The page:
She Got 1099'd

I got into an argument with my boss over unpaid overtime.
I told him, if it wasn't paid, then I couldn't continue working.
He asked me if I was quitting. I told him I didn't want to quit, but I was due my wages.
He asked me abruptly if I was working today. I indicated I was.
He told me he would talk to Linda, his wife and left in a huff.
Keep in mind, all I had done was ask for unpaid overtime (Two Thursday nights at 5 hours each, one 12 hour Saturday and one 6 hour Sunday).
So my boss comes home and says he cut me a check for the missing overtime. He said he realized he needed to keep better track of it.
So, I open the envelope and the check is there, in the correct amount.\
He also supplied a YTD 1099, projected through Friday.
I have been getting paid cash all this time, minus the check. We only ever talked about being paid off the books. Now, he is basically handing me an enormous tax bill. I am so upset! This will be like 5K just for the first half of the year as an independent contractor. How can he do this? And seriously, just because I asked for wages that were due to me? That I wanted specifically to pay off a credit card?

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Anonymous said...

hat is Illegal to give a 1099. Do some research. Nannies are not independent contractors we are employees and if we want to be paid legally we need W2's like regular jobs.

Smalltownnanny said...

Seriously nannies...stop taking jobs without some sort of written contract!!!!! Although I'm not sure on the legalities of them 1099ing you but no way to prove what was agreed upon tax wise without a contract. And just some advice for young nannies. I took a great nanny job right out of high school that was off the books. And I regret it cause it was such a hassle when trying to get a car and my own place to live to have to account for a seven year gap where on the record it looked like I had no income.

Nan said...

1099 is illegal!! You are not an independent contractor! You need a W-2. You should be on the books for your own protection. "
The IRS has ruled definitively that nannies and most other domestic workers should be classified as employees. Misclassifying them as independent contractors is considered tax evasion and offenders are saddled with back taxes, penalties, and interest. If caught, it is an extremely expensive mistake for families. Being classified as an independent contractor is not only illegal, it's financially bad for the nanny. That's because independent contractors are required by law to pay for both halves of the FICA taxes (social security and medicare"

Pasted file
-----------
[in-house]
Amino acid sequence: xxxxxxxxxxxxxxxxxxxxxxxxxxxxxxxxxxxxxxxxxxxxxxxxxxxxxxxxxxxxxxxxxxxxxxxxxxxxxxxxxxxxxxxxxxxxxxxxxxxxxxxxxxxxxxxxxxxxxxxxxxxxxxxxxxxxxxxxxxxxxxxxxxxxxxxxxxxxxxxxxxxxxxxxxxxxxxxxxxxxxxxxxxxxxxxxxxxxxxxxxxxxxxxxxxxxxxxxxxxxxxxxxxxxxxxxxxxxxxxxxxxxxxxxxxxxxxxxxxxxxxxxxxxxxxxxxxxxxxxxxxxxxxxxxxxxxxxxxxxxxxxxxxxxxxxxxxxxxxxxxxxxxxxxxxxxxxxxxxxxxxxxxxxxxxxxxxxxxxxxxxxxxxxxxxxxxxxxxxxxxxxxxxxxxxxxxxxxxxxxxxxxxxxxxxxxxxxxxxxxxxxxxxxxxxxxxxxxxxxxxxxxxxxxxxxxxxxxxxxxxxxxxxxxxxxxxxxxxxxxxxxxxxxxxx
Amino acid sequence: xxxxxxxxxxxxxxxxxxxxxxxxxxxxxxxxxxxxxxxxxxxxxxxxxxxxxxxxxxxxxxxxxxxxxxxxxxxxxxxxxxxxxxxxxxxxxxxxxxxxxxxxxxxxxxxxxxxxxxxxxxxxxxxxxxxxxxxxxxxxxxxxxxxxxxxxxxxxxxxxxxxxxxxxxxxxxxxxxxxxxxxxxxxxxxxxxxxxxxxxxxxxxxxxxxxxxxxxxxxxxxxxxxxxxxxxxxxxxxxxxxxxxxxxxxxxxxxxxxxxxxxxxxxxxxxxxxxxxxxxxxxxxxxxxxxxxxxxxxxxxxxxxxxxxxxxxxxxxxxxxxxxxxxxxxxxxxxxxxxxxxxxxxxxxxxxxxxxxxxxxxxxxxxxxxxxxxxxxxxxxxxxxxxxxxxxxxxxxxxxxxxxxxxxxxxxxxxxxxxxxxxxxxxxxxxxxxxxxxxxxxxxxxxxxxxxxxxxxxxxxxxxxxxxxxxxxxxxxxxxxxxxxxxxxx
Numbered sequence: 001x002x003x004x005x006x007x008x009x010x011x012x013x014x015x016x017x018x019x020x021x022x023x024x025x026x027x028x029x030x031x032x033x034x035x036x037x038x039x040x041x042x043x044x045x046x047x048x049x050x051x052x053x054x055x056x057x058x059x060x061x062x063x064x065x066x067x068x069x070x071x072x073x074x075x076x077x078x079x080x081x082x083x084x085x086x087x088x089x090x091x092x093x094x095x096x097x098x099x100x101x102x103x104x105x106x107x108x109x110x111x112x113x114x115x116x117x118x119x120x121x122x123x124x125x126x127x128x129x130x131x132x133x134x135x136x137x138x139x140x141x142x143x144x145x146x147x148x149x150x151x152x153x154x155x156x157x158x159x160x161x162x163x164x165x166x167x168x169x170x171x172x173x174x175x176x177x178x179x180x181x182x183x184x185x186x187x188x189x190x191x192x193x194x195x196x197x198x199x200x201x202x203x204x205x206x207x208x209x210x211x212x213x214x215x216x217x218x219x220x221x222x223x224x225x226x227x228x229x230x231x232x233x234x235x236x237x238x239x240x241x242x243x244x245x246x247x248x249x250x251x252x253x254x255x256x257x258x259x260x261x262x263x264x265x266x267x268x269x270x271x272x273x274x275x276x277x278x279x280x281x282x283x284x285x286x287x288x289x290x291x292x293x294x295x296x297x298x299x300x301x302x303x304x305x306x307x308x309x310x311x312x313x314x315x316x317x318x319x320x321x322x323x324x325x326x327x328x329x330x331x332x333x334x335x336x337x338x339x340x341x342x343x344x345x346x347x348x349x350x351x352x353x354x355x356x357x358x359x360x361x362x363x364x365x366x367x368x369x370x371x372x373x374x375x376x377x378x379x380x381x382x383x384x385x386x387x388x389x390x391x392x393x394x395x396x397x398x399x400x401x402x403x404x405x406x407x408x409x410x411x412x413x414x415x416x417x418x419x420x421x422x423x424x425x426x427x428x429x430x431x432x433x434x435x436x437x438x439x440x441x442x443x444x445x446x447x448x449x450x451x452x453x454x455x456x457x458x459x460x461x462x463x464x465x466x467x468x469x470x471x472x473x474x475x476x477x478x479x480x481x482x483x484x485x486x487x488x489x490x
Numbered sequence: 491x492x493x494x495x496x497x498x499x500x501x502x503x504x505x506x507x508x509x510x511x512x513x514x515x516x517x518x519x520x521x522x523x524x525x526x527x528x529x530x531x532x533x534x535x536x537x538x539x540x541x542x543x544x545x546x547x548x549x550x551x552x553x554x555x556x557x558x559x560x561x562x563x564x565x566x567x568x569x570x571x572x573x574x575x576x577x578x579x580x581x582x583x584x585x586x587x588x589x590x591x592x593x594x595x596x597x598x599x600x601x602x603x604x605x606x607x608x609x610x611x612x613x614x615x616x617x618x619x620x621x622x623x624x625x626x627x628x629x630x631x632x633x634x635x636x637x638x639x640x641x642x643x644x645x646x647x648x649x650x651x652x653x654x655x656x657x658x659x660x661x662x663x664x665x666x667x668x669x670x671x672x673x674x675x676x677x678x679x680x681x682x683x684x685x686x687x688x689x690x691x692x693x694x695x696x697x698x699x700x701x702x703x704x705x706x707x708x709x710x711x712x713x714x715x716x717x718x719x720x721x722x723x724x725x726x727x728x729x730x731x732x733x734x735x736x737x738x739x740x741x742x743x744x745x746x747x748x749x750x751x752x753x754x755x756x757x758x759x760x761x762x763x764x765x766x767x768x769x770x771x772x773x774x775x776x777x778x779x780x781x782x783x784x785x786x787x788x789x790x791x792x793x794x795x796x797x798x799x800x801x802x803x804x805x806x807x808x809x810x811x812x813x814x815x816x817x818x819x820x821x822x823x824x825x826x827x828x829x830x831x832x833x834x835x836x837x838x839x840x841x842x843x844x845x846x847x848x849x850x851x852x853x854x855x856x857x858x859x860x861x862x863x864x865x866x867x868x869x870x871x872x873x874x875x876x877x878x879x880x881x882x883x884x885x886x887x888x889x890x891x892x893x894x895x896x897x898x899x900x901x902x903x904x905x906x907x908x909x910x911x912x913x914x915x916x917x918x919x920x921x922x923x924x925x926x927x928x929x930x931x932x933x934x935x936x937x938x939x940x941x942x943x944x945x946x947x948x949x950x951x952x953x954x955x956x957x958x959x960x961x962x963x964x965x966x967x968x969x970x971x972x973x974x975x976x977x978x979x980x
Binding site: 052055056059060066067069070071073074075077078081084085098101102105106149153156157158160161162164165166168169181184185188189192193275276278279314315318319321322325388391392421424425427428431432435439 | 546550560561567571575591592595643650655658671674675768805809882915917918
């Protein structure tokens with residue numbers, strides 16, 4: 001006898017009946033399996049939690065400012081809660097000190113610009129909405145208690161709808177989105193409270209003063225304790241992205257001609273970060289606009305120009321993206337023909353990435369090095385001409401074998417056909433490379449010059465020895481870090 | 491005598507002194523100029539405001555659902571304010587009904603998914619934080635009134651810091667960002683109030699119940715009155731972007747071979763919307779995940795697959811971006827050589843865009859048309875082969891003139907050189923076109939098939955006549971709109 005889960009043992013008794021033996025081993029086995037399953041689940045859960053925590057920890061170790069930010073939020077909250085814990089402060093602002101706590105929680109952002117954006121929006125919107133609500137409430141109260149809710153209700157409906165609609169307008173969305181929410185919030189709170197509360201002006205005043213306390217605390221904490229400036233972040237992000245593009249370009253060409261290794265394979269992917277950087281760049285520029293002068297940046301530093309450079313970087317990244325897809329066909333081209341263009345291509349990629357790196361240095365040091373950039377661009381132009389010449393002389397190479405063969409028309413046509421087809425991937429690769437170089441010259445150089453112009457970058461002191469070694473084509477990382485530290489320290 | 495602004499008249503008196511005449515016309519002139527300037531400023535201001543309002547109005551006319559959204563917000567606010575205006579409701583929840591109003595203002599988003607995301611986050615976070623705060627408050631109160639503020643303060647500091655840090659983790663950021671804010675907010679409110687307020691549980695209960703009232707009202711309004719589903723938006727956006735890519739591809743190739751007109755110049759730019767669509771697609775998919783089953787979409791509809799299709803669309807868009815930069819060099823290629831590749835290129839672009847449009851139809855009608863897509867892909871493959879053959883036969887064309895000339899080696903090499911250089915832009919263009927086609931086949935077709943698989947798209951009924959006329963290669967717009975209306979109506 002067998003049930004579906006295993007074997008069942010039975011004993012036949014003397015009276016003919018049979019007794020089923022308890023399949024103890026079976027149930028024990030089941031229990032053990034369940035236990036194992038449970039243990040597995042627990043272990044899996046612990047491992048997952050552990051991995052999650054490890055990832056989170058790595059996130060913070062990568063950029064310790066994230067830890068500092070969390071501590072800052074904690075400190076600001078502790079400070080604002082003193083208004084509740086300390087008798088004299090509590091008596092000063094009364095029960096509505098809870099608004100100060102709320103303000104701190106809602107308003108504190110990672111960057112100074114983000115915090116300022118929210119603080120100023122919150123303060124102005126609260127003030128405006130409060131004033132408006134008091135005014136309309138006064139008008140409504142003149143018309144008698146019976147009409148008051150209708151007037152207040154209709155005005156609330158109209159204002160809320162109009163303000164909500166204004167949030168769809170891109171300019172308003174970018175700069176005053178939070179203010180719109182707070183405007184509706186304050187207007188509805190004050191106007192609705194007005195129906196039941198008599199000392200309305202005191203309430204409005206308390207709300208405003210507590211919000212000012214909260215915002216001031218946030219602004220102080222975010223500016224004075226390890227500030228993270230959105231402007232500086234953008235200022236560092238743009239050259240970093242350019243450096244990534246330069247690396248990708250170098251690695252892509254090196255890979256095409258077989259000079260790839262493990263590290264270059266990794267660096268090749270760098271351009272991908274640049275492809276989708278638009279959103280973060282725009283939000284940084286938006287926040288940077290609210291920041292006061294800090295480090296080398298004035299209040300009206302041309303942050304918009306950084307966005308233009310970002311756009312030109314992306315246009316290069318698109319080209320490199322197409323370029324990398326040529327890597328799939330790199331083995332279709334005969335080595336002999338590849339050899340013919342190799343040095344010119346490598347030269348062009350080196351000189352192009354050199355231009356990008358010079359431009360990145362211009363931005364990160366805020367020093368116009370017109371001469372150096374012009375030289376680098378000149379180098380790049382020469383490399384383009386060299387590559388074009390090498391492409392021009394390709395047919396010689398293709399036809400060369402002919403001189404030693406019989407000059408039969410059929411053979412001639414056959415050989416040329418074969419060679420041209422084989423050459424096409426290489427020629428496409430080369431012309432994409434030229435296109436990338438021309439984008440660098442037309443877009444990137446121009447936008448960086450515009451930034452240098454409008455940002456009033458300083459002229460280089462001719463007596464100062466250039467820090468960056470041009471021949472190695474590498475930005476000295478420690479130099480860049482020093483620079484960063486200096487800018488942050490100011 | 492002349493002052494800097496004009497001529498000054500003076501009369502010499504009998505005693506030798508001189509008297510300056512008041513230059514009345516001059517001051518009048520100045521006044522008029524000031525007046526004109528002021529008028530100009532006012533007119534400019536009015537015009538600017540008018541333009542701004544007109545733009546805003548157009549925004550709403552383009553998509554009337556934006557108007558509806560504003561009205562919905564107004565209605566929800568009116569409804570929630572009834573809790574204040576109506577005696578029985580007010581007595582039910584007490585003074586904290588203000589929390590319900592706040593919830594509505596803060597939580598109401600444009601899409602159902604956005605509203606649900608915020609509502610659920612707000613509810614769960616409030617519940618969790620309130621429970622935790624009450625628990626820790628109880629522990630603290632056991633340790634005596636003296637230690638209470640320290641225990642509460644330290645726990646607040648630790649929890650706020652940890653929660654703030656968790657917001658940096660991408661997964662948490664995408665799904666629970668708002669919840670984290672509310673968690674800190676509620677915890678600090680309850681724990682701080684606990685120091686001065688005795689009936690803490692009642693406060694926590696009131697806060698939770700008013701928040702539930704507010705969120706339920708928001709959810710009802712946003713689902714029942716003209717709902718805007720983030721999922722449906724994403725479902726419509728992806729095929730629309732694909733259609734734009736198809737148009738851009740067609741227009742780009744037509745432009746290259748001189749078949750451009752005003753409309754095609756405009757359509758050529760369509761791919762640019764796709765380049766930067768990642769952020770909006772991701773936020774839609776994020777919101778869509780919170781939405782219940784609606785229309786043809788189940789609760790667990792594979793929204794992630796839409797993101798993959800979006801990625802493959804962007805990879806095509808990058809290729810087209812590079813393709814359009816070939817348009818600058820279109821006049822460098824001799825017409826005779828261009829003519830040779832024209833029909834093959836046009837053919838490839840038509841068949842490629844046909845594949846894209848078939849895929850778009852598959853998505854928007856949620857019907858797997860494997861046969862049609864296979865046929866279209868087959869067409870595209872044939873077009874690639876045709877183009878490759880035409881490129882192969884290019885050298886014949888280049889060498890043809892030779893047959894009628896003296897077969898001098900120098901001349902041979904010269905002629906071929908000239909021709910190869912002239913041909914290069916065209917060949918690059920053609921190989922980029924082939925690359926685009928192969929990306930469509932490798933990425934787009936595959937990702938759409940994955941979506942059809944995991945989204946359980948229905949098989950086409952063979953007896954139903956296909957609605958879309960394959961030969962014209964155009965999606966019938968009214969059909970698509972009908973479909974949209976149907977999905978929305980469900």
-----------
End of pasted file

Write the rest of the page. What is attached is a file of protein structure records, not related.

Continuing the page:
Please don't do 1099!

Thirty something said...

He's an ass. I would find different employers. And also suggest that they pay you on the books in retrospect if they want to play that game. They'll find themselves very out of pocket and it sounds like they don't like to be hit in the pocket. Asses.

CleaverJune said...

I agree with just about everything from all the above posts.

1. Aside from yourself, you do every nanny everywhere a dis-service when you work under the table and without a written work agreement. from now on, don't do it, EVER.

2. 1099 is illegal for all domestic employees. I would make sure you told this DB that. If he wants to get all asshat about paying you OT and wants to pay legally, tell him you insist on full payroll. That means he has to pay about 40% more in taxes for every paycheck, as well as a legal obligation to pay you over time at time and a half. be sure to tell him that you will have to repot it on your taxes via estimated W4, that WILL trigger someone looking at it at the IRS, &Y that will trigger them looking at HIM. Yes, you'll have to pay some back taxes that way, but he will owe a shit-ton more, and it will likely trigger an audit for him. If he's smart, he won't want that hassle.

3. look for a new job, this guy is a prick and you don't deserve that or need it in your life. He is only going to screw you over when you get fired - and he IS the guy who will fire you for calling him on this 1099 bullshit.

4. demand a written work agreement from this point on, and make sure it addresses OT and payment. Otherwise if you don't get fired, you will be in exactly this spot next time - and there will be a next time.

These people are clearly not the type of people that will treat you fairly or with respect. I think the big question here is do you want to work like that?

Please tell us how this all shakes out.

SfNanny said...

Cleaver June - you hit it right to the point!

Lacy said...

I would start by filling an IRS form called an SS8. In this form you would describe your job description. After the IRS would make a ruling, non-reversible, 78% of the time the rule the person is an employee. I have done this on a family before, they ended up being responsible for ALL back taxes and penalties, for both them and the nannies. Lucky for me they had 3 part time nannies, so the other 2 nannies got "free" taxes too; and the family couldn't pin-point who or how they got the audit. Long story short I got to keep the job and it was on the books after that.